If you’ve stopped laughing for long enough to read this, I promise you I’m not joking.
In a world of diet culture, fatphobia is internalized in so many ways, but Slimming World’s latest move is one in which I can’t work out whether to laugh at or be angry.
In Dietland (not the TV show), once you’ve become thin, or at least are less fat, the ultimate objective is to avoid fat for the rest of your life. If you go back into fat territory, you’ve failed. A combination of diet culture and medical fatphobia allows many people, especially those under the influence of diet clubs, to believe that fatness is just a case of greed and food addiction, rather than alternative reasons such as body diversity, genetics, and environment and social factors. With the fear of fat an imminent threat to dieters, often scared that eating one doughnut means gaining every last pound back, diet clubs offer advice for how the newly-thin can avoid future fatness.
Slimming World offer their own tips, ranging from telling their members at ‘target’ to exercise more, eat a diet that’s low in fat and energy, and eat five Muller Light yogurts a day. Okay, the third is a lie, but having spent years of my life following Slimming World, and my mum doing the same (even losing so much weight that she was crowned Greatest Loser and Woman of the Year 2009, whilst simultaneously looking far too thin for her frame, yet still convinced she was fat), I hold some resentment. But this isn’t about us; this is about the last tidbit that accompanied the expected suggestions.
“Spend less time with overweight friends.”
I. Shit. You. Not. That is literally what it reads. And it’s apparently recommended by 4% of their successful slimmers.
This is not the first time that fat people have been ostracized by diet groups, and certainly won’t be the last. But it’s definitely the first time that they’ve had the guts to put it into print and publish it for every target member to read in their Love The New Youbooklet. Obviously, Slimming World was attacked for it after an Instagram user posted a photo of the page in her Story, and they took their time responding.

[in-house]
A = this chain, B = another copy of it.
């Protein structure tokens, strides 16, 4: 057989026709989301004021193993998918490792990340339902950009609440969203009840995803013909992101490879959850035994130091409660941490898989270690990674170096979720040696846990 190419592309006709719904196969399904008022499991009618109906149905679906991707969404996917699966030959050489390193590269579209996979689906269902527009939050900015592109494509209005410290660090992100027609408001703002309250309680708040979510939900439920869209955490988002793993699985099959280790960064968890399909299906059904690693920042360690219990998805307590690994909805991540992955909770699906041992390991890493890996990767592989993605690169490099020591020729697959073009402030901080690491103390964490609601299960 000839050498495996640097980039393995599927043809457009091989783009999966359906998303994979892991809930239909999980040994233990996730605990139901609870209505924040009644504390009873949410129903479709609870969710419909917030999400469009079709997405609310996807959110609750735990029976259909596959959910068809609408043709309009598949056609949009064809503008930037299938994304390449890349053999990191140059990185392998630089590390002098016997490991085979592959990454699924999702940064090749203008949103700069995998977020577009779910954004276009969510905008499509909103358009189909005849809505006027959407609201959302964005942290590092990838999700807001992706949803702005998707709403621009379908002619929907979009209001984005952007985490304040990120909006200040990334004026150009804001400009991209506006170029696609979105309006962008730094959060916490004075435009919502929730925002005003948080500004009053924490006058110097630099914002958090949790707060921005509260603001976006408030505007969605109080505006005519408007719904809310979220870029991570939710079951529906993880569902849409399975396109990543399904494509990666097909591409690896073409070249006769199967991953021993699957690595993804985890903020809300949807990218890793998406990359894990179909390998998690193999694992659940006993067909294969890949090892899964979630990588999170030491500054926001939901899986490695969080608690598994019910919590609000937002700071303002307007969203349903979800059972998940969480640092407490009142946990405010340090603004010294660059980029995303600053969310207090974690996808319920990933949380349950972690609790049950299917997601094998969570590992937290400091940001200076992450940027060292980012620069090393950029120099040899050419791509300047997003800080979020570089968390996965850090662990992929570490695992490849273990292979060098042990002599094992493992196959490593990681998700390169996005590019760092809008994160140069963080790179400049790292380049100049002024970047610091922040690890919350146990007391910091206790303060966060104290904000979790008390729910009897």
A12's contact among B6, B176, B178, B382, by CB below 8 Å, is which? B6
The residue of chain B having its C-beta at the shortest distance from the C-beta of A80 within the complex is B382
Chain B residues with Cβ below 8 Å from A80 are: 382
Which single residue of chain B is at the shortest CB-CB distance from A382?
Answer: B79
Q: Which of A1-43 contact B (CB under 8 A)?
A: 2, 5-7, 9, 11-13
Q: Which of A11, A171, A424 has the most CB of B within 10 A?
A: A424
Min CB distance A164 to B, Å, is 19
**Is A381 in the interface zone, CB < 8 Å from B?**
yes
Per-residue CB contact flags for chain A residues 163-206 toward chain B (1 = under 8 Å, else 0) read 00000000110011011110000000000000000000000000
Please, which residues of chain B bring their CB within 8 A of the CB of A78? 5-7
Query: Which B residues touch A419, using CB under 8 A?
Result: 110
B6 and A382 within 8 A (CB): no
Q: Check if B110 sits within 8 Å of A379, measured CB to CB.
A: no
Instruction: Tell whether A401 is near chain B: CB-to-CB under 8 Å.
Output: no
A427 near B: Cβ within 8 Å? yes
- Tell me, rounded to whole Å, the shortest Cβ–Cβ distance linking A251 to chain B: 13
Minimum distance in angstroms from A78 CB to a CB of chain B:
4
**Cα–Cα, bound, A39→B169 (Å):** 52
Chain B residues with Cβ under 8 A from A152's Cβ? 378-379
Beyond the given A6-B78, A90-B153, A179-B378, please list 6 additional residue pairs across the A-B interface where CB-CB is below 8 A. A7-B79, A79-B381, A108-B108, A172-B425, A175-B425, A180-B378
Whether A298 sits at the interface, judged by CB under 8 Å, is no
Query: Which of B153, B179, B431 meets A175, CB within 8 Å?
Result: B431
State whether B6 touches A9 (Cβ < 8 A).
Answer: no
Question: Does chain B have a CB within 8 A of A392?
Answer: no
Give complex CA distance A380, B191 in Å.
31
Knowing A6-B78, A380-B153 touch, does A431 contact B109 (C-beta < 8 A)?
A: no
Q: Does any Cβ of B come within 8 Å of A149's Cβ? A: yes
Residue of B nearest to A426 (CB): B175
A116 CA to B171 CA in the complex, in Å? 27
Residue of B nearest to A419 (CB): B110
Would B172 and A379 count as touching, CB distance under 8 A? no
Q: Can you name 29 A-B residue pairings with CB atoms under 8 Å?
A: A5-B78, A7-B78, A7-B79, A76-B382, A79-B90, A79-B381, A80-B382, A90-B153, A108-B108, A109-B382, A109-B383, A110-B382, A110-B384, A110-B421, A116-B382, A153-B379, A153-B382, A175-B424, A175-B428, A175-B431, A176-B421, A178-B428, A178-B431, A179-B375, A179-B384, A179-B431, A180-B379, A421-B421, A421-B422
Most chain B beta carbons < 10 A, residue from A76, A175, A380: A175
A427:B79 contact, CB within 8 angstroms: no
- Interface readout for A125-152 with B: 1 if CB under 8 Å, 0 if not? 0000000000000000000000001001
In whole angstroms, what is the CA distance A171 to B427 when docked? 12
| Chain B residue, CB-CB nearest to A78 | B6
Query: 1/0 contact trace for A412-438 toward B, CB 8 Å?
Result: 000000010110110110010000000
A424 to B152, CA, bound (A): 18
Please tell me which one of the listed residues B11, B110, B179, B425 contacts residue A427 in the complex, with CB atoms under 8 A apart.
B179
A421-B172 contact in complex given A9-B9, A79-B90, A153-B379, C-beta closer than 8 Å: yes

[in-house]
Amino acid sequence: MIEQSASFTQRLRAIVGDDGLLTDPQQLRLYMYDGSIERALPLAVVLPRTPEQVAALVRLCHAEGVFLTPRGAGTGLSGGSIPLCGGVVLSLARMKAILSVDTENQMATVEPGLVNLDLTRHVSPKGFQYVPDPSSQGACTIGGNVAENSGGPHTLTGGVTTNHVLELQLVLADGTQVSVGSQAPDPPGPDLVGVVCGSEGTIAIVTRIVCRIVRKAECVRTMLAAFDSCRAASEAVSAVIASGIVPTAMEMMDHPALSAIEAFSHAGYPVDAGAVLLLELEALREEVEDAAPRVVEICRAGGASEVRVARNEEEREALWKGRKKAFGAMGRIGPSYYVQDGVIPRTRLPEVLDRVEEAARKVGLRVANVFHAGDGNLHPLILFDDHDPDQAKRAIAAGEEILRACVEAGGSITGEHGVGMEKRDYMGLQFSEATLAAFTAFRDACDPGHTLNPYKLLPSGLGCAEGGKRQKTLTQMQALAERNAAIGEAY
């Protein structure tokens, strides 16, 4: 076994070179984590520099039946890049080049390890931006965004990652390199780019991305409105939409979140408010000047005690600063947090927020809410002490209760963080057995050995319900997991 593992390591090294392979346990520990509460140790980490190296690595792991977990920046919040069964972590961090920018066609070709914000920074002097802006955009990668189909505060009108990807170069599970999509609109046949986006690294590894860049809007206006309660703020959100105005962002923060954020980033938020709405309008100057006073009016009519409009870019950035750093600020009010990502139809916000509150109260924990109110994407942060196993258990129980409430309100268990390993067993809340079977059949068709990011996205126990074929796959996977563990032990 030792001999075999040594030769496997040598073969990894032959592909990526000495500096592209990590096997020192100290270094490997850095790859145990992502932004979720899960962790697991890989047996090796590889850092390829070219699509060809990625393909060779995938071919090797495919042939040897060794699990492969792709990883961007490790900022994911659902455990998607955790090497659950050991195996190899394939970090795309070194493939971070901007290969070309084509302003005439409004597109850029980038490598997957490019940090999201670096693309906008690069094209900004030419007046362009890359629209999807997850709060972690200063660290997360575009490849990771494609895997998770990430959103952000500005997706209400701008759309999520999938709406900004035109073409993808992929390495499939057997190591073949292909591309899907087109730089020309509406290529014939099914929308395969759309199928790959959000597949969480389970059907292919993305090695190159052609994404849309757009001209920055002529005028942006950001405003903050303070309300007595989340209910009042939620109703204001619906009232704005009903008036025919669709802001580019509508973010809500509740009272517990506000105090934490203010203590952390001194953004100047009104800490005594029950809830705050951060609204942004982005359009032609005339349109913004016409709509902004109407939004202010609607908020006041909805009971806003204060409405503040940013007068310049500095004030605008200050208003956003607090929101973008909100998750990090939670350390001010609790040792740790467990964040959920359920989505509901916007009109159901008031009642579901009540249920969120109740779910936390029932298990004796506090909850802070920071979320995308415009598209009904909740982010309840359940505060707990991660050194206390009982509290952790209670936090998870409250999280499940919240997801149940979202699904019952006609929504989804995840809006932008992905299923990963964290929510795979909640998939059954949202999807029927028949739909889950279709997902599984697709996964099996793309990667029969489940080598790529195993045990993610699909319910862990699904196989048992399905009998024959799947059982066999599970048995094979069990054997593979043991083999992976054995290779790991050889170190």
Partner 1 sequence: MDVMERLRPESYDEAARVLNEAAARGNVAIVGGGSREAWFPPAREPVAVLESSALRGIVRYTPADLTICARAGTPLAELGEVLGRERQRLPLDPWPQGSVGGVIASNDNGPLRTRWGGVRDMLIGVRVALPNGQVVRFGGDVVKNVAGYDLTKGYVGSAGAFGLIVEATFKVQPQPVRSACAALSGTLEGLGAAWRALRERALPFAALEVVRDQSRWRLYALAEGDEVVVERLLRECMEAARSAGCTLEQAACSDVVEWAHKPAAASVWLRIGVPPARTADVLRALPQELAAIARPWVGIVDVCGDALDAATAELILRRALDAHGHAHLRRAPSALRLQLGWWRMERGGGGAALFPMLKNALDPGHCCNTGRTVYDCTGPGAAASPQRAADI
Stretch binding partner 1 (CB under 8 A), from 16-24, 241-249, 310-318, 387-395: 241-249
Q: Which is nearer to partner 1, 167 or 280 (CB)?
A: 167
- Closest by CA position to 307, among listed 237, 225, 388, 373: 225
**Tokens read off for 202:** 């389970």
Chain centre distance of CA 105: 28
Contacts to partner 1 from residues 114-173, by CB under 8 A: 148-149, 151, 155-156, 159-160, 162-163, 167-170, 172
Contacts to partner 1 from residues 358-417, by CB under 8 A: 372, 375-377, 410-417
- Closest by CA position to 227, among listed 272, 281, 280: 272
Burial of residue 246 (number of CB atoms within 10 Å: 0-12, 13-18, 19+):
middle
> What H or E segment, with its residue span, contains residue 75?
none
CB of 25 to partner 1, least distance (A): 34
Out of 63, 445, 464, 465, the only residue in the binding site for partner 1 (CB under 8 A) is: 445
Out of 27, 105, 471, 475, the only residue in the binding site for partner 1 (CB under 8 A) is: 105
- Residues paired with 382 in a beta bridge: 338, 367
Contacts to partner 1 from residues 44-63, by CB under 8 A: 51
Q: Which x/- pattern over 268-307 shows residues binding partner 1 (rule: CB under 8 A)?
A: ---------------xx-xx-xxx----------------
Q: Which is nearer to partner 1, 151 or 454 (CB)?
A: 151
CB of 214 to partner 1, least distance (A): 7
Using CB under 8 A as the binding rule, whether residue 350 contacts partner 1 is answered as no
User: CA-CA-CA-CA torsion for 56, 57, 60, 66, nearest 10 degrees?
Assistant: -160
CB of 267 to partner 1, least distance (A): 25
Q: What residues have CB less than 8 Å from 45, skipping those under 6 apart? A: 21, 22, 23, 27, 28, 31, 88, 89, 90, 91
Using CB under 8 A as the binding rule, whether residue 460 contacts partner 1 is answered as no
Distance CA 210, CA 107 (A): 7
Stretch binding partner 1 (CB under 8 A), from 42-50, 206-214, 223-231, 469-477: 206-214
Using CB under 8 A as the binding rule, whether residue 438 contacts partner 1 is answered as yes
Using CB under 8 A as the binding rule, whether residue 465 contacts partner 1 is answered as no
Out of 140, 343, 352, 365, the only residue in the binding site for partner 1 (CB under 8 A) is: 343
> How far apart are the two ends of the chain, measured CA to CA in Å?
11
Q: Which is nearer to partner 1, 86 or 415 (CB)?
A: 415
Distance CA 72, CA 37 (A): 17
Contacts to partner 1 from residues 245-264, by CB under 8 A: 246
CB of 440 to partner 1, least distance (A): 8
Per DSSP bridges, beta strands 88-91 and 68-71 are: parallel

Slimming World released a statement yesterday to announce how ‘saddened’ they were by the uproar, and after dancing around the subject for 300 words, they said: “[The list] explains that we don’t believe successful slimmers choose to lose old friends, rather that they gain new ones who share their new active habits and healthy lifestyle.”
They went on to add: “Slimming World welcomes and supports people at every stage of their weight-loss journey and we work hard ensure all of our groups are free from judgement and humiliation.” Hmm. So their groups are free from judgement and humiliation, but their publications aren’t? Is that how it works? Fill your plates with ‘syn-free’ foods and your fill your mind with harmful anti-fat rhetoric?
They also noted that the 4% that claim to recommend ditching fat friends in the name of thin comes from a survey of 10,000 people who sustained their weight loss. That shows us that 400 people from the survey are arseholes and shitty friends. It also shows us that, in comparison to its other suggestions on the list (some recommended by 90% of those surveyed), it’s an insignificant statistic. The finest thing that Slimming World can do is cut it completely from their copy. And additionally, if it’s merely a case of bad wording, fire the bloody copywriter.
I’m so over fat being the worst thing in the world. I’m over companies making bank from society’s singling out of fat bodies, and I’m even more over the demonization of them when it comes to other people’s choices. I regularly see the comparison of fatness with contagion, or drug and other substance abuse — something which reared its ugly head when a Twitter user argued Slimming World’s case by saying that a heroin addict would be advised to cut ties with fellow addicts in order to fully recover. Fatness doesn’t quite have the same life-threatening impact that a Class A drug does, now, let’s be honest.
So if you needed any more reason to not help fund a company that encourages you to make cake out of cardboard-like crispbread, then this is it. Eat the (real) cake. Live your life. And sure as shit don’t support companies that value thinness over friendship.